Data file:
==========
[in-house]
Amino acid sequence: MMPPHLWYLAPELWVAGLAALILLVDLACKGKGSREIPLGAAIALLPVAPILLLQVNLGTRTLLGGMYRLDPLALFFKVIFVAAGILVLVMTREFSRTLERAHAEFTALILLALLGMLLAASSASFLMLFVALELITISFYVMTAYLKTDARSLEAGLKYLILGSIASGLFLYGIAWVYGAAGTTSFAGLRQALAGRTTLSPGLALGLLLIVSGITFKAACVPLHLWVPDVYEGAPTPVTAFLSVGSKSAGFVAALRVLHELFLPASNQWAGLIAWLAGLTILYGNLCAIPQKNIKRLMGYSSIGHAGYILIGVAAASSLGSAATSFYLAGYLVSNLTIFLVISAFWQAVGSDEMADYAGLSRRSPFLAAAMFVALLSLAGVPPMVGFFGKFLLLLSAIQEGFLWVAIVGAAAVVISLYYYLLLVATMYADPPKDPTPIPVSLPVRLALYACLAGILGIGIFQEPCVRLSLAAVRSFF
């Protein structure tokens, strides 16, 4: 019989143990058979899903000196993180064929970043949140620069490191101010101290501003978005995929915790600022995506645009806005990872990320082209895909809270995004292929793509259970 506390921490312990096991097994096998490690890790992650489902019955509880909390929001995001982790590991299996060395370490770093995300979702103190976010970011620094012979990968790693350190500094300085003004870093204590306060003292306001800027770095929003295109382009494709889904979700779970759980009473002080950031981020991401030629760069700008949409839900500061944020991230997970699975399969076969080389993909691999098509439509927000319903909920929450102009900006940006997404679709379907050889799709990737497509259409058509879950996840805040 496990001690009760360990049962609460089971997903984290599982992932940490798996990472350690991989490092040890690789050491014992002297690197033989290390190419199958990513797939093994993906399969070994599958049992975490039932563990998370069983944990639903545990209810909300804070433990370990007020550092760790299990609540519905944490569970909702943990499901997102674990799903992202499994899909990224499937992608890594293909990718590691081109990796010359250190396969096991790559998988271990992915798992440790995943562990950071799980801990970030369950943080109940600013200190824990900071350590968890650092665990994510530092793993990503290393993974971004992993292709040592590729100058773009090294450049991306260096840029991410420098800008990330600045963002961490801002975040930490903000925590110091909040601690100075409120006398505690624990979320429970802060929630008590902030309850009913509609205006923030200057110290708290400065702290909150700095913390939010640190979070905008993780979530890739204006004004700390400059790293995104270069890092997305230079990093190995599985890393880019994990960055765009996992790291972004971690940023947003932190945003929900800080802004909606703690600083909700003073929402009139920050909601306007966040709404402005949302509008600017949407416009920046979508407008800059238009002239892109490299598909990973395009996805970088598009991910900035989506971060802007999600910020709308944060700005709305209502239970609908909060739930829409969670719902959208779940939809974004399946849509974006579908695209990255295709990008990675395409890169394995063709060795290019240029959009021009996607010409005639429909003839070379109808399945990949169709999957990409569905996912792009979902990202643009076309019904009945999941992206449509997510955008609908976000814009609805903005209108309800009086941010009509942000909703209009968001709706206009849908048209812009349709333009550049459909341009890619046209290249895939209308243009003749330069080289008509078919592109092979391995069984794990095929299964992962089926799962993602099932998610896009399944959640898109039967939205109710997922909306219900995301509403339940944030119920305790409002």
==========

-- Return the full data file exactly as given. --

[in-house]
Amino acid sequence: MMPPHLWYLAPELWVAGLAALILLVDLACKGKGSREIPLGAAIALLPVAPILLLQVNLGTRTLLGGMYRLDPLALFFKVIFVAAGILVLVMTREFSRTLERAHAEFTALILLALLGMLLAASSASFLMLFVALELITISFYVMTAYLKTDARSLEAGLKYLILGSIASGLFLYGIAWVYGAAGTTSFAGLRQALAGRTTLSPGLALGLLLIVSGITFKAACVPLHLWVPDVYEGAPTPVTAFLSVGSKSAGFVAALRVLHELFLPASNQWAGLIAWLAGLTILYGNLCAIPQKNIKRLMGYSSIGHAGYILIGVAAASSLGSAATSFYLAGYLVSNLTIFLVISAFWQAVGSDEMADYAGLSRRSPFLAAAMFVALLSLAGVPPMVGFFGKFLLLLSAIQEGFLWVAIVGAAAVVISLYYYLLLVATMYADPPKDPTPIPVSLPVRLALYACLAGILGIGIFQEPCVRLSLAAVRSFF
């Protein structure tokens, strides 16, 4: 019989143990058979899903000196993180064929970043949140620069490191101010101290501003978005995929915790600022995506645009806005990872990320082209895909809270995004292929793509259970 506390921490312990096991097994096998490690890790992650489902019955509880909390929001995001982790590991299996060395370490770093995300979702103190976010970011620094012979990968790693350190500094300085003004870093204590306060003292306001800027770095929003295109382009494709889904979700779970759980009473002080950031981020991401030629760069700008949409839900500061944020991230997970699975399969076969080389993909691999098509439509927000319903909920929450102009900006940006997404679709379907050889799709990737497509259409058509879950996840805040 496990001690009760360990049962609460089971997903984290599982992932940490798996990472350690991989490092040890690789050491014992002297690197033989290390190419199958990513797939093994993906399969070994599958049992975490039932563990998370069983944990639903545990209810909300804070433990370990007020550092760790299990609540519905944490569970909702943990499901997102674990799903992202499994899909990224499937992608890594293909990718590691081109990796010359250190396969096991790559998988271990992915798992440790995943562990950071799980801990970030369950943080109940600013200190824990900071350590968890650092665990994510530092793993990503290393993974971004992993292709040592590729100058773009090294450049991306260096840029991410420098800008990330600045963002961490801002975040930490903000925590110091909040601690100075409120006398505690624990979320429970802060929630008590902030309850009913509609205006923030200057110290708290400065702290909150700095913390939010640190979070905008993780979530890739204006004004700390400059790293995104270069890092997305230079990093190995599985890393880019994990960055765009996992790291972004971690940023947003932190945003929900800080802004909606703690600083909700003073929402009139920050909601306007966040709404402005949302509008600017949407416009920046979508407008800059238009002239892109490299598909990973395009996805970088598009991910900035989506971060802007999600910020709308944060700005709305209502239970609908909060739930829409969670719902959208779940939809974004399946849509974006579908695209990255295709990008990675395409890169394995063709060795290019240029959009021009996607010409005639429909003839070379109808399945990949169709999957990409569905996912792009979902990202643009076309019904009945999941992206449509997510955008609908976000814009609805903005209108309800009086941010009509942000909703209009968001709706206009849908048209812009349709333009550049459909341009890619046209290249895939209308243009003749330069080289008509078919592109092979391995069984794990095929299964992962089926799962993602099932998610896009399944959640898109039967939205109710997922909306219900995301509403339940944030119920305790409002």